Postpartum blood pressure self-management following hypertensive pregnancy: protocol of the Physician Optimised Post-partum Hypertension Treatment (POP-HT) trial
Kitt J., Frost A., Mollison J., Tucker KL., Suriano K., Kenworthy Y., McCourt A., Woodward W., Tan C., Lapidaire W., Mills R., Lacharie M., Tunnicliffe EM., Raman B., Santos M., Roman C., Hanssen H., Mackillop L., Cairns A., Thilaganathan B., Chappell L., Aye C., Lewandowski AJ., McManus RJ., Leeson P.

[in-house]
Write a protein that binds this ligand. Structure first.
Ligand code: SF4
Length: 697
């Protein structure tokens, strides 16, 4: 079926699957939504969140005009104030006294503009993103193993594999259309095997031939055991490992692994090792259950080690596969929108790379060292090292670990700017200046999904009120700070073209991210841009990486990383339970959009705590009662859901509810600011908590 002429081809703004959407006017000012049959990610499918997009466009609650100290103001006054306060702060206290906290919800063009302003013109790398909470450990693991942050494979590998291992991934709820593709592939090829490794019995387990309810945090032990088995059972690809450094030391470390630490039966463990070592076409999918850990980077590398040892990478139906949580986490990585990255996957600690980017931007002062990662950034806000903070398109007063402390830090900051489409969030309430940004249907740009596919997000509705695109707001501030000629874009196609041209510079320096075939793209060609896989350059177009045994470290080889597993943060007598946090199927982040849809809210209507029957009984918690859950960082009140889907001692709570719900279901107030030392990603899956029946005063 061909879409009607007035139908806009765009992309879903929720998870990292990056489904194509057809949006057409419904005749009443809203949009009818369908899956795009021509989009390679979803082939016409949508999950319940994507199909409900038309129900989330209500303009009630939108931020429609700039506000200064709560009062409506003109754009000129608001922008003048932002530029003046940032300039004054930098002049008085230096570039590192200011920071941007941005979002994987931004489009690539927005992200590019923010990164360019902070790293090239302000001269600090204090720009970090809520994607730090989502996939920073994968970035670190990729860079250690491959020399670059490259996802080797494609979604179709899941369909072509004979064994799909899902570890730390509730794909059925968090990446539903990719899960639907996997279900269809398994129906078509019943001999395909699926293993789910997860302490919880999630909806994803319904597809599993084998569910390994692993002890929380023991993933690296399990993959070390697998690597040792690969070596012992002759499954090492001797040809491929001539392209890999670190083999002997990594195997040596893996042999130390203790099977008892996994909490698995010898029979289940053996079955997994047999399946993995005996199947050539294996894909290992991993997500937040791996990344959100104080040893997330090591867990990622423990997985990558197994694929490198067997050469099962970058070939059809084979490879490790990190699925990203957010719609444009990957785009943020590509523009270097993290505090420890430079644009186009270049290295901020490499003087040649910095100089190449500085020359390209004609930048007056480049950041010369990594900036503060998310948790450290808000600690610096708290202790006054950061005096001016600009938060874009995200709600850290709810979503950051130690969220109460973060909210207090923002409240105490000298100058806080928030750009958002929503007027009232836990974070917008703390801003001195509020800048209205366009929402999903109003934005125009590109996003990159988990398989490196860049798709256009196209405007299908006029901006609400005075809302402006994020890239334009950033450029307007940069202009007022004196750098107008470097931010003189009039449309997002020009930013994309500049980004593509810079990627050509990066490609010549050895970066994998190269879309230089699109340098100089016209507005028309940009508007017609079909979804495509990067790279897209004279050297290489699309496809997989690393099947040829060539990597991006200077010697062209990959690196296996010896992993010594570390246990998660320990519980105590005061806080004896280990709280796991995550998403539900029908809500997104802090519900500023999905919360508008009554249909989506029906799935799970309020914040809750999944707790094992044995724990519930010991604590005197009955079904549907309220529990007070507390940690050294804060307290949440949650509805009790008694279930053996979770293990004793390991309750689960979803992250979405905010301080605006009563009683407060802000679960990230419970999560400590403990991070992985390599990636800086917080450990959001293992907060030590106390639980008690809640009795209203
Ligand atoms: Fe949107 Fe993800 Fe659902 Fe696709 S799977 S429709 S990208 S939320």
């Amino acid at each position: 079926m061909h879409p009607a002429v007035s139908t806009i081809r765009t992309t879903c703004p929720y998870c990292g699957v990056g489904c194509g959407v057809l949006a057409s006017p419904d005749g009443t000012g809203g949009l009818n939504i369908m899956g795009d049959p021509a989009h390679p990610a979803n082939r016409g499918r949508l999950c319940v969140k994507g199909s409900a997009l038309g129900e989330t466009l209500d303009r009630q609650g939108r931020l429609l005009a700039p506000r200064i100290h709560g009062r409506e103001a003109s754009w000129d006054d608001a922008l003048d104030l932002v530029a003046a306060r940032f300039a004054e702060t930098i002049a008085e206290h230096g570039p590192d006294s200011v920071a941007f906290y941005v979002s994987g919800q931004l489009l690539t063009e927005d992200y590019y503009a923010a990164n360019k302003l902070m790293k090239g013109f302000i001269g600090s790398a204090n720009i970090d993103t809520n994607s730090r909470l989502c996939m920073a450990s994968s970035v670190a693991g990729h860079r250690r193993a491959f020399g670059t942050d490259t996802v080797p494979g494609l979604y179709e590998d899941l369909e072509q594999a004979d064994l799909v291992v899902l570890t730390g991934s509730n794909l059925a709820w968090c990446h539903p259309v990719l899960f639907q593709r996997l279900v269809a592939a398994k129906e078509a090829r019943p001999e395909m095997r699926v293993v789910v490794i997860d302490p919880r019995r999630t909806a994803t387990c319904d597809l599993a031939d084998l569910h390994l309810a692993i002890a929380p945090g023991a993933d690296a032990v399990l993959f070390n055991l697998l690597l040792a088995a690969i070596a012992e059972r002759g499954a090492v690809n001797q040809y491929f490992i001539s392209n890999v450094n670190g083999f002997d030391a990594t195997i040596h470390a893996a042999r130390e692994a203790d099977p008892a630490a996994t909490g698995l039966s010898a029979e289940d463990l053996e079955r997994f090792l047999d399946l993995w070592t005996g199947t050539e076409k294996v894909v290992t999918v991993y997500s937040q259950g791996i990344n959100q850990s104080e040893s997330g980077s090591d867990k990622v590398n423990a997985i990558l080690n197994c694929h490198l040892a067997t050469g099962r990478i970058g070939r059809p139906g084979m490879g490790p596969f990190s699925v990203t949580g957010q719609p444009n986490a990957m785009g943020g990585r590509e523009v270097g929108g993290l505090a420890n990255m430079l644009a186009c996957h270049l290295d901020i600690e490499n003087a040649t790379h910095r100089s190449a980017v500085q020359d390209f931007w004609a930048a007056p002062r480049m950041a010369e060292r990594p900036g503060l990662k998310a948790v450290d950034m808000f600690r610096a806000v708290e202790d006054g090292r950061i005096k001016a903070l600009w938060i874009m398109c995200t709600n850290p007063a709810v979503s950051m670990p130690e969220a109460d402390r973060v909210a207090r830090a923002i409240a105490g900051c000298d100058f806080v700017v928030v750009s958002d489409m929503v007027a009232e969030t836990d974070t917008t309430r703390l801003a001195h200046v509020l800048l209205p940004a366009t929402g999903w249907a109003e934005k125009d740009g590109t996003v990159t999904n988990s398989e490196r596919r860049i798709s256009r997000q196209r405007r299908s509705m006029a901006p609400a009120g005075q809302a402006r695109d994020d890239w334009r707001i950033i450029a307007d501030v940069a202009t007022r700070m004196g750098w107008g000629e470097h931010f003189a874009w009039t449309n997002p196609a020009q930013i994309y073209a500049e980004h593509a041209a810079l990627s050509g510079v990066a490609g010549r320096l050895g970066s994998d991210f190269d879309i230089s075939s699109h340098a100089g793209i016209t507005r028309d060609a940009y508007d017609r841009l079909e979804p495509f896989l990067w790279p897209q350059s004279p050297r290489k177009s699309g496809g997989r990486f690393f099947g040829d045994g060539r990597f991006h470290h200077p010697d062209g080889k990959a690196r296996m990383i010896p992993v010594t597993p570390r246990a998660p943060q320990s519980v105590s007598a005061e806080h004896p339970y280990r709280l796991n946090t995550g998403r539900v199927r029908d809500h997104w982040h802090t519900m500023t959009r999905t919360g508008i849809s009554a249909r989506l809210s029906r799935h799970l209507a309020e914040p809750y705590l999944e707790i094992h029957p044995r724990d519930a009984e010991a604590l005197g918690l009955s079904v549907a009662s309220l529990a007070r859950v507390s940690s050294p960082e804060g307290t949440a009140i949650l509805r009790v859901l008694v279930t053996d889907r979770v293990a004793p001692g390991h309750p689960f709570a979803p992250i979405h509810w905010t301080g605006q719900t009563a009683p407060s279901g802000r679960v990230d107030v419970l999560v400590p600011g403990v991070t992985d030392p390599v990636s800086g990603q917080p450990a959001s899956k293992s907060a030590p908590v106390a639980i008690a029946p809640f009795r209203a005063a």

IntroductionNew-onset hypertension affects approximately 10% of pregnancies and is associated with a significant increase in risk of cardiovascular disease in later life, with blood pressure measured 6 weeks postpartum predictive of blood pressure 5–10 years later. A pilot trial has demonstrated that improved blood pressure control, achevied via self-management during the puerperium, was associated with lower blood pressure 3-4 years postpartum. Physician Optimised Post-partum Hypertension Treatment (POP-HT) will formally evaluate whether improved blood pressure control in the puerperium results in lower blood pressure at 6 months post partum, and improvements in cardiovascular and cerebrovascular phenotypes.Methods and analysisPOP-HT is an open-label, parallel arm, randomised controlled trial involving 200 women aged 18 years or over, with a diagnosis of pre-eclampsia or gestational hypertension, and requiring antihypertensive medication at discharge. Women are recruited by open recruitment and direct invitation around time of delivery and randomised 1:1 to, either an intervention comprising physician-optimised self-management of postpartum blood pressure or, usual care. Women in the intervention group upload blood pressure readings to a ‘smartphone’ app that provides algorithm-driven individualised medication-titration. Medication changes are approved by physicians, who review blood pressure readings remotely. Women in the control arm follow assessment and medication adjustment by their usual healthcare team. The primary outcome is 24-hour average ambulatory diastolic blood pressure at 6–9 months post partum. Secondary outcomes include: additional blood pressure parameters at baseline, week 1 and week 6; multimodal cardiovascular assessments (CMR and echocardiography); parameters derived from multiorgan MRI including brain and kidneys; peripheral macrovascular and microvascular measures; angiogenic profile measures taken from blood samples and levels of endothelial circulating and cellular biomarkers; and objective physical activity monitoring and exercise assessment. An additional 20 women will be recruited after a normotensive pregnancy as a comparator group for endothelial cellular biomarkers.Ethics and disseminationIRAS PROJECT ID 273353. This trial has received a favourable opinion from the London—Surrey Research Ethics Committee and HRA (REC Reference 19/LO/1901). The investigator will ensure that this trial is conducted in accordance with the principles of the Declaration of Helsinki and follow good clinical practice guidelines. The investigators will be involved in reviewing drafts of the manuscripts, abstracts, press releases and any other publications arising from the study. Authors will acknowledge that the study was funded by the British Heart Foundation Clinical Research Training Fellowship (BHF Grant number FS/19/7/34148). Authorship will be determined in accordance with the ICMJE guidelines and other contributors will be acknowledged.Trial registration numberNCT04273854.